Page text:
The Kitchen Debate

Today in History, July 24: 1959 – The Kitchen Debate. In ’59 Richard Nixon was Vice-President, and Nikita Khrushchev was the Premier of the Soviet Union, a post he could only gain by being more ruthless that his contemporaries. The two nations put on exhibits on each other’s turf in an “effort” to get to know each other.

Nixon was giving Khrushchev a tour of the American exhibit in Moscow, showing him American technology that far out classed Soviet advances. The hot-headed Russian began an argument with Nixon…very publicly.

Nixon, while in a foreign country and debating a man known for his temper and ruthlessness, traded shot for shot and didn’t back down. I’m not a Nixon fan; “you won’t have Dick Nixon to kick around anymore” and Watergate glaringly reveal his weaknesses. But on July 24, 1959, he showed his mettle.

 

The Kitchen Debate was a series of impromptu exchanges (through interpreters) between then U.S. Vice President Richard Nixon and Soviet Premier Nikita Khrush…

Death in the Twilight Zone

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Today in History, July 23: 1982 – Twilight Zone: The Movie met with success, including the “Nightmare at 20,000 ft” segment which included a terrific performance by John Lithgow, but it came at a terrific price. On this date in 1982, on the last date of filming, veteran actor Vic Morrow (Combat!) and two small children were running from a Vietnam era helicopter shooting a scene. Special effects explosives caused the pilot to lose control, and the aircraft crashed into the actors, killing them. It would be the first time movie producers were charged with negligent homicide, a charge they would defeat. However the producers, including Steven Spielberg, settled for an undisclosed amount in the civil suits. I couldn’t find any photos of the child actors, but their loss (Renee Shinn Chen and Myca Dinh Le) was not less than that of Vic Morrow,

Wiley Post and Winnie Mae


Today in History, July 22: 1933 – After a 7 day, 18 hour, 49 minute flight, Wiley Post completes the first SOLO around the world flight in his already famous Lockheed Vega, Winnie Mae, greeted by a crowd of 50,000 at New York’s Floyd Bennett Field. He beat his own time from an earlier non-solo around the world flight in the same airplane. He was honored with his second New York ticker tape parade.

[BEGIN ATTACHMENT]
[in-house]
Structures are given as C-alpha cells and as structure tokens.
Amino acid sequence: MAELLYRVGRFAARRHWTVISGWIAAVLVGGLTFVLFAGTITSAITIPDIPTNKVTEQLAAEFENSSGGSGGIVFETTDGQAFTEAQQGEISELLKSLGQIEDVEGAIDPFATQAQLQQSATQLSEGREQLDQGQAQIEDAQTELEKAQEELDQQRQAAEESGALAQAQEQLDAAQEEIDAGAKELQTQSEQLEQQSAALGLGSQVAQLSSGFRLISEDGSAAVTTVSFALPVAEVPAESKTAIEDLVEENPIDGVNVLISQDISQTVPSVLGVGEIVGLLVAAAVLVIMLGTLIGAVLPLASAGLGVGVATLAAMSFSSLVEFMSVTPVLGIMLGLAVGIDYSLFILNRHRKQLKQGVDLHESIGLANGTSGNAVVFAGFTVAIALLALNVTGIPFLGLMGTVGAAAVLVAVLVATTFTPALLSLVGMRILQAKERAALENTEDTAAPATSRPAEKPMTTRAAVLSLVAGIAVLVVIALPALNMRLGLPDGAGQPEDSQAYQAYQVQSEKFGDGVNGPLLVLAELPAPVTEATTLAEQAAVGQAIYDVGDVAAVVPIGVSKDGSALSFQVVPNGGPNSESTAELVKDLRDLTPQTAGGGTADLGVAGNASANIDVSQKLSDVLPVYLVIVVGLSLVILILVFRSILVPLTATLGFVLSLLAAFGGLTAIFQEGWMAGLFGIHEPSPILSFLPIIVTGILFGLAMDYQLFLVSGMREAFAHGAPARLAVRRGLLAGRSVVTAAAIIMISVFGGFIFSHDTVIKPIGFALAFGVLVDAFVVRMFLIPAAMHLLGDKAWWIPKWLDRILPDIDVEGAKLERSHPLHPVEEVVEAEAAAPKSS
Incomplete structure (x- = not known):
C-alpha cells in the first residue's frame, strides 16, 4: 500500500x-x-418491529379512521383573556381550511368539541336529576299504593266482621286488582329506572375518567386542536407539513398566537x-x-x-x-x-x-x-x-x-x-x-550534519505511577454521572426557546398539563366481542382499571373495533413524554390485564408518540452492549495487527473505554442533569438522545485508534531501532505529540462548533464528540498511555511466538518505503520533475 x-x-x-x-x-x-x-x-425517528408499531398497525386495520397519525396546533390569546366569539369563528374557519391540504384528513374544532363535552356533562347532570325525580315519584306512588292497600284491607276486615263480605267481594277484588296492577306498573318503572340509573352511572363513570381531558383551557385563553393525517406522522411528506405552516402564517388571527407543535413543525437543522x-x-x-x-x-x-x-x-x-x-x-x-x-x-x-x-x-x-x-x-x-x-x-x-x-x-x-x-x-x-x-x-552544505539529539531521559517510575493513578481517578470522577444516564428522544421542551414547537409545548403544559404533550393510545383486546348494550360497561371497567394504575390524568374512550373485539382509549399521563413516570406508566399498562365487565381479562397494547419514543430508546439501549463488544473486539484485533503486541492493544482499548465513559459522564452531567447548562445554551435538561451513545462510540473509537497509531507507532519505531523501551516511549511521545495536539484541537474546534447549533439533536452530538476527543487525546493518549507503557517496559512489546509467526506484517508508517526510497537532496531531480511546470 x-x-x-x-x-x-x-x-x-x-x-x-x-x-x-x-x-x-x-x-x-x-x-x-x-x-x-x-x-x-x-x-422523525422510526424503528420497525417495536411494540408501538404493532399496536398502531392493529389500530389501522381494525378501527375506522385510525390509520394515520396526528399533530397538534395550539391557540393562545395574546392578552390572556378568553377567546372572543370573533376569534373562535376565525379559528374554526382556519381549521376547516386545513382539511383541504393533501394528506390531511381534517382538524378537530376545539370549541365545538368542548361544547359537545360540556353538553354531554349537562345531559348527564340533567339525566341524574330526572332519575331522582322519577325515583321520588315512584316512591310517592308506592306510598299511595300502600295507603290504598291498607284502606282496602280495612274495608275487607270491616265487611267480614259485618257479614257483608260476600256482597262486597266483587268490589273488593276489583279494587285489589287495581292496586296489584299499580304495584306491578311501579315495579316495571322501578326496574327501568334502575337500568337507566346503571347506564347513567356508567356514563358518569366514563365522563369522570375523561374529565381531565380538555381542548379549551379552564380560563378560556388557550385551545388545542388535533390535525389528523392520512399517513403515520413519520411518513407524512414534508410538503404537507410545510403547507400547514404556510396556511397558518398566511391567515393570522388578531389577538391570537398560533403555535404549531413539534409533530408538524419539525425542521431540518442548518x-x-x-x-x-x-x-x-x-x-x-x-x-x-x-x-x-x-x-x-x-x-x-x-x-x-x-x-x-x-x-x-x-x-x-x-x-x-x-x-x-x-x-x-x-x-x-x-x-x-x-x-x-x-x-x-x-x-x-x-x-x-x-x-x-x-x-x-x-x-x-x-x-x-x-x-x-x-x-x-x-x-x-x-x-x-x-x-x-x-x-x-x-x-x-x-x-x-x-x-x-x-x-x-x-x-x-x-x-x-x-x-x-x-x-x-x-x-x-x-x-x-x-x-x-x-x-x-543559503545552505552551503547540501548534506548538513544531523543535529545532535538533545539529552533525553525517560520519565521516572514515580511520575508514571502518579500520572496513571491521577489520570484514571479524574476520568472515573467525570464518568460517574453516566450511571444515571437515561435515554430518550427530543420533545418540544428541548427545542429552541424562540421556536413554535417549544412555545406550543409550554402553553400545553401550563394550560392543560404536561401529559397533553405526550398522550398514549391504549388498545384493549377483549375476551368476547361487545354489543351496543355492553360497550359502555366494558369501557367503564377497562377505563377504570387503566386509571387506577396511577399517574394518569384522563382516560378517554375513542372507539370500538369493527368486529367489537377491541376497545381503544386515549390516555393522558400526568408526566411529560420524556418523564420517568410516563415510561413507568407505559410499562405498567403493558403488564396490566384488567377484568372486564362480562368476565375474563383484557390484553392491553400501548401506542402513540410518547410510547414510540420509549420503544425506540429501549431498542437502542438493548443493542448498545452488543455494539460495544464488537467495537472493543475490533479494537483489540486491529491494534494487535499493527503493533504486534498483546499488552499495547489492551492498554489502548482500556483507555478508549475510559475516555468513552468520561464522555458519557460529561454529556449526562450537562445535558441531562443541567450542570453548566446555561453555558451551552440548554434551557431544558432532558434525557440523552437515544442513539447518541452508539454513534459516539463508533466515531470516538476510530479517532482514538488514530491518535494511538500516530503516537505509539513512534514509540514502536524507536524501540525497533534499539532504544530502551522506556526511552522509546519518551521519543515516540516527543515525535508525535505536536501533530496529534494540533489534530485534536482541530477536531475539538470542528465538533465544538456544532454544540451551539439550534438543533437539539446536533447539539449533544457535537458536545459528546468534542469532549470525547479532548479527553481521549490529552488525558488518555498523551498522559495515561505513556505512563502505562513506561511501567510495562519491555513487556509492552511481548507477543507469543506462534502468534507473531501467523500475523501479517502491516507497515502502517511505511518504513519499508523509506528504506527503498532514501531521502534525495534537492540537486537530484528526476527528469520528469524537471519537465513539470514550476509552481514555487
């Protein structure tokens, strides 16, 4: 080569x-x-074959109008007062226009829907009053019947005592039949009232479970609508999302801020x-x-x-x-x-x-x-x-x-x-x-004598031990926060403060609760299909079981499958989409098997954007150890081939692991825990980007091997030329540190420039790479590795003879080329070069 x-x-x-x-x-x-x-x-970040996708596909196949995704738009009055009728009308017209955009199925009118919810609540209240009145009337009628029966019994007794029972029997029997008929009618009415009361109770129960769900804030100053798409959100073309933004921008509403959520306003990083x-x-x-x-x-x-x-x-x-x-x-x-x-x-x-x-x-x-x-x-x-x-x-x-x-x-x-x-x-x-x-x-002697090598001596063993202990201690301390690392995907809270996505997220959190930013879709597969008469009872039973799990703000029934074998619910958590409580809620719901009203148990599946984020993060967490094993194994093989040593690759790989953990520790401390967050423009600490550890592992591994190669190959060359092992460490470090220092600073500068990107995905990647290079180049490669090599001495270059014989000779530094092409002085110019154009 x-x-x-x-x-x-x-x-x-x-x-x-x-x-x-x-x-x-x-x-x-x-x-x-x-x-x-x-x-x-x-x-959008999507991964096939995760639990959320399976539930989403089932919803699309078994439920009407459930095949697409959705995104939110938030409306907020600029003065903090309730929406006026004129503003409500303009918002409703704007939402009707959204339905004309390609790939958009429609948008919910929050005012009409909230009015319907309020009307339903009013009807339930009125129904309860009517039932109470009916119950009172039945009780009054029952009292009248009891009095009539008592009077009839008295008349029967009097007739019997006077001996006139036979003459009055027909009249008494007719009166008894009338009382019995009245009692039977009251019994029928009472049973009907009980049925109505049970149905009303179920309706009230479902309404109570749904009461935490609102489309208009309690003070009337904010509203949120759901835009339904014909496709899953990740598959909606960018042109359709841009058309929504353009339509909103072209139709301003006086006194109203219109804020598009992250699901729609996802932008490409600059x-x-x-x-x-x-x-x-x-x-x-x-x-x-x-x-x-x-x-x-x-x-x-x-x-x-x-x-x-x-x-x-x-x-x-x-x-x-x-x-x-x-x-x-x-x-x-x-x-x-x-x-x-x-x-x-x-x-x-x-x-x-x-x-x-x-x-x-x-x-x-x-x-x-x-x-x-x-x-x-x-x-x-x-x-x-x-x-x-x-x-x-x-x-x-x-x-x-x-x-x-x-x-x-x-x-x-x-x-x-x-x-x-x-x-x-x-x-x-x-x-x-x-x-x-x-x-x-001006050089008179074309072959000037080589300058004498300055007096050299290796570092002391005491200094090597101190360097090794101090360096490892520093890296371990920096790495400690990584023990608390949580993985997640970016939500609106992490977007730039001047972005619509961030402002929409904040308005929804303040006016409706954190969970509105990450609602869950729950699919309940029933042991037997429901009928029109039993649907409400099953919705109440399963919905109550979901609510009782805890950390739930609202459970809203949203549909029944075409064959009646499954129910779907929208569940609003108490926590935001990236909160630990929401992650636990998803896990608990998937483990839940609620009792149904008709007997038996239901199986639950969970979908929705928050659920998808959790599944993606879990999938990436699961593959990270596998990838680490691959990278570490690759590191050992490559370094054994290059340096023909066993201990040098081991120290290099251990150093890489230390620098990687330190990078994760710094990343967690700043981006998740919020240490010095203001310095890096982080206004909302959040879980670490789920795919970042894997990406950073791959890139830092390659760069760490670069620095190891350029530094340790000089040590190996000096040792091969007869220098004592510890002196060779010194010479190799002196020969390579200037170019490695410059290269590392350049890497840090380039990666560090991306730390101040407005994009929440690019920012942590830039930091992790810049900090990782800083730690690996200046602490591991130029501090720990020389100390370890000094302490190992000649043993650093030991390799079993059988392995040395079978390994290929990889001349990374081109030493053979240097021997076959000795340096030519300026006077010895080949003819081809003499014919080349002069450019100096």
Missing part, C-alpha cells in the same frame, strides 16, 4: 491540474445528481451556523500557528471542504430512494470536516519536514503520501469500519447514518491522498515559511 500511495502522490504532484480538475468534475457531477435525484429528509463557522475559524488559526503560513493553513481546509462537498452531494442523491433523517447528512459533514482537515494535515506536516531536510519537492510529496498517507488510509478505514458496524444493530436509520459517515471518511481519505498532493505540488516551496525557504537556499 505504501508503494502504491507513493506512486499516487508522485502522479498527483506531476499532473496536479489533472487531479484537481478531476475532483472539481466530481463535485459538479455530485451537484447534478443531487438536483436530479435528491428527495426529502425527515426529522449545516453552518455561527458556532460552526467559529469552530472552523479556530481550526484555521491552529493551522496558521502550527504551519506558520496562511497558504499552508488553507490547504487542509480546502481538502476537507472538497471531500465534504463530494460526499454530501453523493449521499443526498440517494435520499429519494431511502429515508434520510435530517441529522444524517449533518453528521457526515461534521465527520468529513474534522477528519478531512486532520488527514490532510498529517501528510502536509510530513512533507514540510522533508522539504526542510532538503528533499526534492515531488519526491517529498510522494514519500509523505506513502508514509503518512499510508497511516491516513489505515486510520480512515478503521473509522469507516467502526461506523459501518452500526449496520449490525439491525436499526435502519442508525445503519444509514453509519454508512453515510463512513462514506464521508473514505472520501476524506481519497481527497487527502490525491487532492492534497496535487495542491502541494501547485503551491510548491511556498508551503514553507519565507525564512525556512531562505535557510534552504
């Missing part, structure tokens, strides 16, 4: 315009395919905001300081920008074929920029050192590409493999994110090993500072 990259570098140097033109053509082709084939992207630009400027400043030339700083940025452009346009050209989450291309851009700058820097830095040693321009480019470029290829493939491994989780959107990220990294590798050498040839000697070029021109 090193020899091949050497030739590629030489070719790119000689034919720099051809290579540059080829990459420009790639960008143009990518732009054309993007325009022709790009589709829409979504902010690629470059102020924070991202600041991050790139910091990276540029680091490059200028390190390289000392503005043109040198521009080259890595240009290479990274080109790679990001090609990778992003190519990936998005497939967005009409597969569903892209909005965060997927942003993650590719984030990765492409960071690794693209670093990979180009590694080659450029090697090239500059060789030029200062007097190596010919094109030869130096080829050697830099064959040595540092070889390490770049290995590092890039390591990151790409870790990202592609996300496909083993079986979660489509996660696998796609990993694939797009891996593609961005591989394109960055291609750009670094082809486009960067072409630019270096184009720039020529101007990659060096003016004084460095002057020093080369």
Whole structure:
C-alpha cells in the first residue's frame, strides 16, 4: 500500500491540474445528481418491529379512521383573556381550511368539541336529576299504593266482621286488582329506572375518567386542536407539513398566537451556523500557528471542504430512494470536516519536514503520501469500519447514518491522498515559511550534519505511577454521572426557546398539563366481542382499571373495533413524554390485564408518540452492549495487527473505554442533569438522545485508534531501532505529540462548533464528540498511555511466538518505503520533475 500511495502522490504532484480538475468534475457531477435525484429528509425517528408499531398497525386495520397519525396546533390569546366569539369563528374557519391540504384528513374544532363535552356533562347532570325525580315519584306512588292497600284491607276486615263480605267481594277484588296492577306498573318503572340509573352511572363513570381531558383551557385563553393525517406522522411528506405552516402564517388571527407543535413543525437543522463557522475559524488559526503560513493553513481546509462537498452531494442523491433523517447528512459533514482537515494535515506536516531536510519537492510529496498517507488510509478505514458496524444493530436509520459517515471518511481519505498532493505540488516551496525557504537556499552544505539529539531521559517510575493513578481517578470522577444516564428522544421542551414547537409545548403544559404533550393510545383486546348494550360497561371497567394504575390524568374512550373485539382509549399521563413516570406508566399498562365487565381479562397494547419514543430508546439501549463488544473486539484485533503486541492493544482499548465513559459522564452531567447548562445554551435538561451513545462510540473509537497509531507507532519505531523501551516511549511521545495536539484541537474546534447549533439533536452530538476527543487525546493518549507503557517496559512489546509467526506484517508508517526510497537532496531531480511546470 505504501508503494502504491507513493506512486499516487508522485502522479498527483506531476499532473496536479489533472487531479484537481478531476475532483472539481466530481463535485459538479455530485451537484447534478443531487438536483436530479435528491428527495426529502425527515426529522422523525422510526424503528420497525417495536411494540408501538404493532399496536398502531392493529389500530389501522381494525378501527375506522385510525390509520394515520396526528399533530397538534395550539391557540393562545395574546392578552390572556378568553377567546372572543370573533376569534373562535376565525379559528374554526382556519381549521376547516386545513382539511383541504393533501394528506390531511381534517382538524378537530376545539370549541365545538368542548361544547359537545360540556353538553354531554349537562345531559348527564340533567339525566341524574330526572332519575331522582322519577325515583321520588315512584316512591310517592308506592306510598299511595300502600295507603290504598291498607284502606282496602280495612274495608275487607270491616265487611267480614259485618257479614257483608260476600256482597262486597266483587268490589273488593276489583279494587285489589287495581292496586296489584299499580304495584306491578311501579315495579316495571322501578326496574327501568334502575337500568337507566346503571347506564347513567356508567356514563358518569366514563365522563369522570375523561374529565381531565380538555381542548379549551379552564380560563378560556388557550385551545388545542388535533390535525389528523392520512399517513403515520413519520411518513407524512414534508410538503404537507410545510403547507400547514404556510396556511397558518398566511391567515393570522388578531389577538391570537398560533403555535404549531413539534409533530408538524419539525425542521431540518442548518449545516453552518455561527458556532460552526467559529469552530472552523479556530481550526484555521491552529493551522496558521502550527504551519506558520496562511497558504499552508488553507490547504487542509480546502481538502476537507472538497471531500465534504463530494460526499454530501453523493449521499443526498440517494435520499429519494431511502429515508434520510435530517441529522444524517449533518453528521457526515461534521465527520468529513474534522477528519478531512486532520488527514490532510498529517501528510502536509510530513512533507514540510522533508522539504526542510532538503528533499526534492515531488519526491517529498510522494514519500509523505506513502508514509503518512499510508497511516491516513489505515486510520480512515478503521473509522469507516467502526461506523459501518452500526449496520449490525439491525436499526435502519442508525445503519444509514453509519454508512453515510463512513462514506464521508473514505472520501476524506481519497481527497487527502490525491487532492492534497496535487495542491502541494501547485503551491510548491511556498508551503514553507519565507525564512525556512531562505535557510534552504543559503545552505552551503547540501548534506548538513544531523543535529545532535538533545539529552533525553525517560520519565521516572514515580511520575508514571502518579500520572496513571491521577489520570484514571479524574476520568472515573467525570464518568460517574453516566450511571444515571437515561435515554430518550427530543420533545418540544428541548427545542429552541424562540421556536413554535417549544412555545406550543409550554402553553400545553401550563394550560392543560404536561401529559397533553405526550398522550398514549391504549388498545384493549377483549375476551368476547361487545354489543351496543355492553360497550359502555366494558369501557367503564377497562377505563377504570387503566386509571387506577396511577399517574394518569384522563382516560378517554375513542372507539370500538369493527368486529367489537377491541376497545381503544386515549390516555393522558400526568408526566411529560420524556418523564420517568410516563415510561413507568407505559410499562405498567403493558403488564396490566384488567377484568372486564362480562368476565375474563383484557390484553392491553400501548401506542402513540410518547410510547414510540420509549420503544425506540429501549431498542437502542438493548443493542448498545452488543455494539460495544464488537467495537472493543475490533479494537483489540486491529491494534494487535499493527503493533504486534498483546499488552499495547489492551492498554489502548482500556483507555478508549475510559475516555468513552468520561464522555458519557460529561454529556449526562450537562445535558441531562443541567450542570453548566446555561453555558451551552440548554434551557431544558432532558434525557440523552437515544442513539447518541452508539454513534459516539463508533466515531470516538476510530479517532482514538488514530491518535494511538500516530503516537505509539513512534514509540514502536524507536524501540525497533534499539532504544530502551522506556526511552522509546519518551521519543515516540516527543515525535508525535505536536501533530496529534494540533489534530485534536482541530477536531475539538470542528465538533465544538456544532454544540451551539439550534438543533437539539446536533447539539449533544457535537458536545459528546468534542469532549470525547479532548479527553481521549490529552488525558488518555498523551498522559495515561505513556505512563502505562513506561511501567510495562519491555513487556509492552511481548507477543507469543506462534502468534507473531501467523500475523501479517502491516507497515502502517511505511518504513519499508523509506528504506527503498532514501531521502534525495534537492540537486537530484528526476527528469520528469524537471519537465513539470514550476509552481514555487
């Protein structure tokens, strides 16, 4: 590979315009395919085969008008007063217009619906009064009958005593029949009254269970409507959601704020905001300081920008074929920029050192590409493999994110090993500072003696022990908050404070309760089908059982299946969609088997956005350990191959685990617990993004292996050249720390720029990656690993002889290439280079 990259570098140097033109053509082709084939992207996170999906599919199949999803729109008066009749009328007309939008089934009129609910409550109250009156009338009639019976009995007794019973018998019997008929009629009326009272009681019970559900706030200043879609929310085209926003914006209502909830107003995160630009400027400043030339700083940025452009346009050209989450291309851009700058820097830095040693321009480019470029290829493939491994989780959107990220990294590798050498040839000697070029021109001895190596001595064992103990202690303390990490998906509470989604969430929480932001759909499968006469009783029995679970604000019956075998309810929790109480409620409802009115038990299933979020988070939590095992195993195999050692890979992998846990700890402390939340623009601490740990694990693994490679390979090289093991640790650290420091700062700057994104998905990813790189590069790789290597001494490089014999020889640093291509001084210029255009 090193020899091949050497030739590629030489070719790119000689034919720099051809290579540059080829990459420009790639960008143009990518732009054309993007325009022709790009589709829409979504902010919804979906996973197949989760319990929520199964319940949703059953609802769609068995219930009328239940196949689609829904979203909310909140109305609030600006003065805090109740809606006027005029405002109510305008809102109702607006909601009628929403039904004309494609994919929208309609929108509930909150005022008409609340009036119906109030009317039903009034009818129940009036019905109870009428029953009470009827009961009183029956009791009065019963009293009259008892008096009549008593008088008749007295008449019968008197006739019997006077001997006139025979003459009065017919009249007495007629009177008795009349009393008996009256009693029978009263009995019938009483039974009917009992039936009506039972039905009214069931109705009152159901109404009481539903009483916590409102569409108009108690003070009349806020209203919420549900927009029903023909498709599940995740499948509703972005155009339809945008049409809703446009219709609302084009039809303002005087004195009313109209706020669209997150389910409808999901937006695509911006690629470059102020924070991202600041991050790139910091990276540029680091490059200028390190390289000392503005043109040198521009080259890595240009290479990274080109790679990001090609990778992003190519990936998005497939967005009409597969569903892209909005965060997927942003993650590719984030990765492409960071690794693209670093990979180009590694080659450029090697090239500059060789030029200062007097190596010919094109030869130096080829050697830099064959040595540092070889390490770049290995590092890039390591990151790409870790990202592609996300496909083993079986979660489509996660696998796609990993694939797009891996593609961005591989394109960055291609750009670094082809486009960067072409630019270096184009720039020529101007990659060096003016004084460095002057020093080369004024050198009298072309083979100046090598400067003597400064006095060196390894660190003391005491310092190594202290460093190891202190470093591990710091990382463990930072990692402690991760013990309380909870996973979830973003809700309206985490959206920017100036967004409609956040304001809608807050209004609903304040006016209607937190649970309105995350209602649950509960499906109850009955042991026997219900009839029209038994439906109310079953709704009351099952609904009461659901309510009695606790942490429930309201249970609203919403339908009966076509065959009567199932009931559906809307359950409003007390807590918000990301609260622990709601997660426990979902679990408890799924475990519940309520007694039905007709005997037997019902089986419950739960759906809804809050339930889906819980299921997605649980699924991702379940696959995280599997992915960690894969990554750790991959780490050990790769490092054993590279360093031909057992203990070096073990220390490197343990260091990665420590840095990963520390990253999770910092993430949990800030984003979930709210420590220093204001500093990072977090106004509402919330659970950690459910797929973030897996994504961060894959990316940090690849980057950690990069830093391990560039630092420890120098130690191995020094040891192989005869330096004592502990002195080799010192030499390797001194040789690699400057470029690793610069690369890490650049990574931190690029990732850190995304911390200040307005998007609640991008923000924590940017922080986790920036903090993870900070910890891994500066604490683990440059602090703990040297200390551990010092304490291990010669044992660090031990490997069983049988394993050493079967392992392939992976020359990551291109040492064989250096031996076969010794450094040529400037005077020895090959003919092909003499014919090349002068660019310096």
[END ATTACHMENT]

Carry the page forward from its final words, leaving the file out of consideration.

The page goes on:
Post also used Winnie Mae to set high altitude flight records, designing a pressurized flight suit to do so. He also made use of the Jet Stream in his flight tests. 

 In 1935 he and another of Oklahoma’s favorite sons, Will Rogers, would die together in a plane crash at Point Barrow, Alaska. 

Winnie Mae can be visited at the National Air and Space Museum in Washington, DC.

Fame at Any Cost…


Today in History, July 21: 356 – “Fame at any cost”. The Ephesians had built the Temple of Artemis (Diana in Greek) to honor the goddess. It made it’s home of Epheus (in modern day Turkey) famous, being one of the 7 wonders of the world. It would be destroyed and rebuilt at least 3 times, first by flood, then by arson, and then by war. The second time, it had just been rebuilt when an arsonist set fire to the timbers supporting it’s roof, destroying it again. When captured, the arsonist admitted openly that he had committed the act to secure his name in history. It was ruled that he would be put to death, his name was not to be spoken on pain of death, and his name was removed from all records. He got his wish, however, when the historian Theopompus recorded his name in the next century. Thus we have the term Herostratic Fame…fame at any cost.

The Day the Earth Stood Still

Today in History, July 20: 1969 – The day the Earth stood still. Over a billion people world wide stopped what they were doing to watch in awe as Neil Armstrong became the first man to set foot on the moon. It had been a decade long odyssey, begun with JFK’s comments that it should be done before the end of the 60’s decade. So much has been gained from America’s space exploration. I was a seven year old boy laying in the living room floor, allowed to stay up late and watch this happen on our black and white TV. First “The Eagle has landed”, then….

I’m Your Huckleberry…

Today in History, July 19: 1879 – “I’m your Huckleberry..” John Henry “Doc” Holliday kills his first man. Holliday was a former dentist, a gambler, a heavy drinker, and was slowly dying of Tuberculosis. He was co-owner of a saloon in Las Vegas, New Mexico when a former army scout tried talking one of the “girls” working in the saloon into running off with him. When he was rebuffed, he became angry and began firing into the saloon from the street. Doc calmly stood, walked out onto the porch, and shot Mike Gordon down with one shot before Gordon could get off a second shot. While Doc was involved in many gunfights, including the OK Corral, he only killed two men. An aside—was not a big fan of Val Kilmer, until Tombstone.

By the way.  “I’m your Huckleberry” simply means, I’m your man; I’m the right person for the job.  I’m willing, let’s go.

 

Classic scene from Tombstone movie. (1993) **SPOILER**

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